Detroit Tigers’ Home Opener Has Resale Market’s Biggest Markup

Secondary market ticket prices for the Detroit Tigers’ home opener have the biggest percentage markup of any Major League Baseball team, according to rankings compiled by Bloomberg.

With the Tigers having reached the World Series last season, the average face-value price for a ticket to their April 5 game against the New York Yankees at Comerica Park is $41.44 and the average resale price is $202.84, a 389.5 percent increase, based on data compiled by ticket aggregator TiqIQ.

“Coming off the World Series, even though it was a loss, and having the team that they have, fans are going to pay a premium, especially for opening day,” Chris Matcovich, a spokesman for TiqIQ, said in a telephone interview.

The Tigers were swept in baseball’s championship in four games by the San Francisco Giants in October. San Francisco’s $195.35 face-value price and $254.04 secondary market price for their April 1 home opener against the St. Louis Cardinals are each tops in the majors.

Several major-league teams, such as the Giants, use a dynamic-pricing model to sell individual-game tickets, applying real-time sales data and other factors to adjust prices by the minute. Others, such as the Tigers, use a tiered model, offering some games at a regular price, some at a discount and others at a premium, depending on expected fan interest.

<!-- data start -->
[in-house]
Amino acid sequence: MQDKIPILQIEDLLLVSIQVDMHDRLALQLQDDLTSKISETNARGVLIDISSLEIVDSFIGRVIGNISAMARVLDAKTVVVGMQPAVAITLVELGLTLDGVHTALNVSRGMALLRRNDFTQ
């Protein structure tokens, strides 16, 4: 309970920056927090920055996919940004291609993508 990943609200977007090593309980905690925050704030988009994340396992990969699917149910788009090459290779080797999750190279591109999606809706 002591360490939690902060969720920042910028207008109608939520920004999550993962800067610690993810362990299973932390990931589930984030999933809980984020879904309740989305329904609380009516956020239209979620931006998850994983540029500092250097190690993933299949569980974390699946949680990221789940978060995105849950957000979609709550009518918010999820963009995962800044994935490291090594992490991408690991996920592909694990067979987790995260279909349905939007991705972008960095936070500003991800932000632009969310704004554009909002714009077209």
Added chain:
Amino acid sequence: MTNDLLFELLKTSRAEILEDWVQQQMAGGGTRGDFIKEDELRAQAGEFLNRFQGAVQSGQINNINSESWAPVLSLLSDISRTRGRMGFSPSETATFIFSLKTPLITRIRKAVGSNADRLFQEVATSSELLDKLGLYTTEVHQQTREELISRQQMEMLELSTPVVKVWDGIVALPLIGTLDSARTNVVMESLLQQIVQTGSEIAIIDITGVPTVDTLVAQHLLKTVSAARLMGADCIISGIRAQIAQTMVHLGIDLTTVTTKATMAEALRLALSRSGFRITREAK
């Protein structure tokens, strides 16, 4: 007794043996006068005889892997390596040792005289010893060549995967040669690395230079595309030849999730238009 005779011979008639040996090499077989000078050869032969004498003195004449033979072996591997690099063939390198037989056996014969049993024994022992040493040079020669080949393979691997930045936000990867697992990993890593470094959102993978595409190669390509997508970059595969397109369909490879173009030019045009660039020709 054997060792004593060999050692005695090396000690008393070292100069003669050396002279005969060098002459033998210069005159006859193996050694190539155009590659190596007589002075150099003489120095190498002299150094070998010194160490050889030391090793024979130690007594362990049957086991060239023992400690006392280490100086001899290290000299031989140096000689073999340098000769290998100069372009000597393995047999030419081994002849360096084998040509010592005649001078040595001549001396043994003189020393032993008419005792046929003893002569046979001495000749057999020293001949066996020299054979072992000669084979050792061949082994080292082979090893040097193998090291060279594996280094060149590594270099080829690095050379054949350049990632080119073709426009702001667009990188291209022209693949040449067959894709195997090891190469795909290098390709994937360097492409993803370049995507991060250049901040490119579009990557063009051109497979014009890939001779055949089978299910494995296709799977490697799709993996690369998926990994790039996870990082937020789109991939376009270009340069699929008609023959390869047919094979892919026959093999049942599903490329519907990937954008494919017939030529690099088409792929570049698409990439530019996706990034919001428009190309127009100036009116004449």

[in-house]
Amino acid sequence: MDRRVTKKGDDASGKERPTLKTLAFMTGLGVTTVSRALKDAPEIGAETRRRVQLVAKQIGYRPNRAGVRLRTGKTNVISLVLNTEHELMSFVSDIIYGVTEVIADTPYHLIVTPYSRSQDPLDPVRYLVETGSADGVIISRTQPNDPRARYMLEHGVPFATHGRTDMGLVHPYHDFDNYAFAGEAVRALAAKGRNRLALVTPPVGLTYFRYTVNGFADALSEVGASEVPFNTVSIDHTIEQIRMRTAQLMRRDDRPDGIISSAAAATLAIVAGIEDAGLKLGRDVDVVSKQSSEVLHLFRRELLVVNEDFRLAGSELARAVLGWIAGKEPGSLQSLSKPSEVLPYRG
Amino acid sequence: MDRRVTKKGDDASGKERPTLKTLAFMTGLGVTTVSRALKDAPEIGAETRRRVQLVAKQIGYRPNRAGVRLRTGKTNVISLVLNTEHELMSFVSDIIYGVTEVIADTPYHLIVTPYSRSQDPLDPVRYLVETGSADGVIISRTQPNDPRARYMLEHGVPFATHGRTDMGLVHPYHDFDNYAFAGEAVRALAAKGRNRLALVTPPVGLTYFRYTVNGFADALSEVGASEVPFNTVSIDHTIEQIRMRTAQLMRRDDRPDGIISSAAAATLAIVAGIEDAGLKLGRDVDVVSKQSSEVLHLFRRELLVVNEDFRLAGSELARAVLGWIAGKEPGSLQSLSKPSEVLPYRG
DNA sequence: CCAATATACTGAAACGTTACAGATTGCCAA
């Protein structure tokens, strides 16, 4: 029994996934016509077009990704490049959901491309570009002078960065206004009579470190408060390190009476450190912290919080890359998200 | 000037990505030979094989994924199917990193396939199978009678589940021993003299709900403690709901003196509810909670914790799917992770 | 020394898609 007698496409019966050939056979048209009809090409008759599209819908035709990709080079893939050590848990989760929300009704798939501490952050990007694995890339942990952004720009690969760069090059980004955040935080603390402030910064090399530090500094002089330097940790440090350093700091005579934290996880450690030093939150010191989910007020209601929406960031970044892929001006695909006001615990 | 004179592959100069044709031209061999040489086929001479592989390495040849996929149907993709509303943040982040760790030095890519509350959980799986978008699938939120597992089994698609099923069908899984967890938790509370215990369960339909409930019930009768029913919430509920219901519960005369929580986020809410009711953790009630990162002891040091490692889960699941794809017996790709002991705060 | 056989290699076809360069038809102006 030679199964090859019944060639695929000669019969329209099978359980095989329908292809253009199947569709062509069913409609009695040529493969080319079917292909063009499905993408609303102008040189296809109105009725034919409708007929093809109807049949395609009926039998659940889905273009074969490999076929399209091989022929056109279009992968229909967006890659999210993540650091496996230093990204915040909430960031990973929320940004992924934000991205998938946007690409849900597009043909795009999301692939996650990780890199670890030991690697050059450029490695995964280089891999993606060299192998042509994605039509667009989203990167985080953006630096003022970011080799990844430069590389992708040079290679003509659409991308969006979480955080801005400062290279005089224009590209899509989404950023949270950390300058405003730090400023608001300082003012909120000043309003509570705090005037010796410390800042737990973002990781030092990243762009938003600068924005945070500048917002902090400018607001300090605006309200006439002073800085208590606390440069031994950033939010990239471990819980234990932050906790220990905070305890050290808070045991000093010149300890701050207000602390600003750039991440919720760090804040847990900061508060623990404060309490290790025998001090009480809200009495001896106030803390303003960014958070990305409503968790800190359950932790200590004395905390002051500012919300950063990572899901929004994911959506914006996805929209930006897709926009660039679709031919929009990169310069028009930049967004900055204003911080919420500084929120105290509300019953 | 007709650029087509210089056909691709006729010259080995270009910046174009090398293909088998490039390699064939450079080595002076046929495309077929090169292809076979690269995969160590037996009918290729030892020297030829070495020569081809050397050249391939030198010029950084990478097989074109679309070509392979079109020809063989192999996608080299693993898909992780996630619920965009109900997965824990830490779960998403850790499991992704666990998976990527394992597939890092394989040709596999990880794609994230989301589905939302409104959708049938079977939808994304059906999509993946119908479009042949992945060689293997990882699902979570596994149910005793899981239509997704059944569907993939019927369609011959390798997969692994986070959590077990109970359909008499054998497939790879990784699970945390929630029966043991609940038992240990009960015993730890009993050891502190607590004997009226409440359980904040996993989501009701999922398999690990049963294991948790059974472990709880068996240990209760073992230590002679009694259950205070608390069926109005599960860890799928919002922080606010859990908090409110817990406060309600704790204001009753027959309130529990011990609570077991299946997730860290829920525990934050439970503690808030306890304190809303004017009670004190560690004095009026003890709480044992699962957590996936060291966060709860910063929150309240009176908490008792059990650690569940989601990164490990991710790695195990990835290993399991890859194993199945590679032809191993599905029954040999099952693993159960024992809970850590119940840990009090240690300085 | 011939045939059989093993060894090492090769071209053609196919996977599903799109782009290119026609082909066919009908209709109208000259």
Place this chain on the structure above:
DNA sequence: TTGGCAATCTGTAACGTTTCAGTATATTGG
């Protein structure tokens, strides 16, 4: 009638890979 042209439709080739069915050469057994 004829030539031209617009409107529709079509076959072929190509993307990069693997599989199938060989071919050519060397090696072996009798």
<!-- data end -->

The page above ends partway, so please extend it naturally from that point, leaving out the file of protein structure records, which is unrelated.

The Tigers “are losing out this year, because even if it’s a premium game, fans are getting a deal compared to what the secondary market is posting,” Matcovich said.

Ron Colangelo, a spokesman for the Tigers, declined to comment immediately on the team’s ticket pricing in an e-mail.

Actual Demand

Some teams rank lower than others by percentage because they’ve come closer to determining actual ticket demand with their face-value offering.

The average face-value price for a ticket to the New York Mets’ April 1 home opener against the San Diego Padres was $176.21, according to TiqIQ. Secondary market tickets are similarly priced, averaging $160.91, or an 8.7 percent decline.

“To me, it would say that that system is working,” Matcovich said of prices for the Mets, who are using a dynamic model. “The team is pricing them correctly here.”

Mets spokeswoman Danielle Parillo declined to comment on the team’s ticket pricing in an e-mail.

The resale price for the New York Yankees’ April 1 home opener against the Boston Red Sox is $216.88, 83 percent higher than the average face value of $118.38, TiqIQ said.

Average face-value prices were calculated by adding all the price categories on team websites for opening day and dividing by the number of price points. Average resale prices were determined by totaling the value of all tickets available on the resale market on March 26 through TiqIQ and dividing by the number of listings.

Before it's here, it's on the Bloomberg Terminal.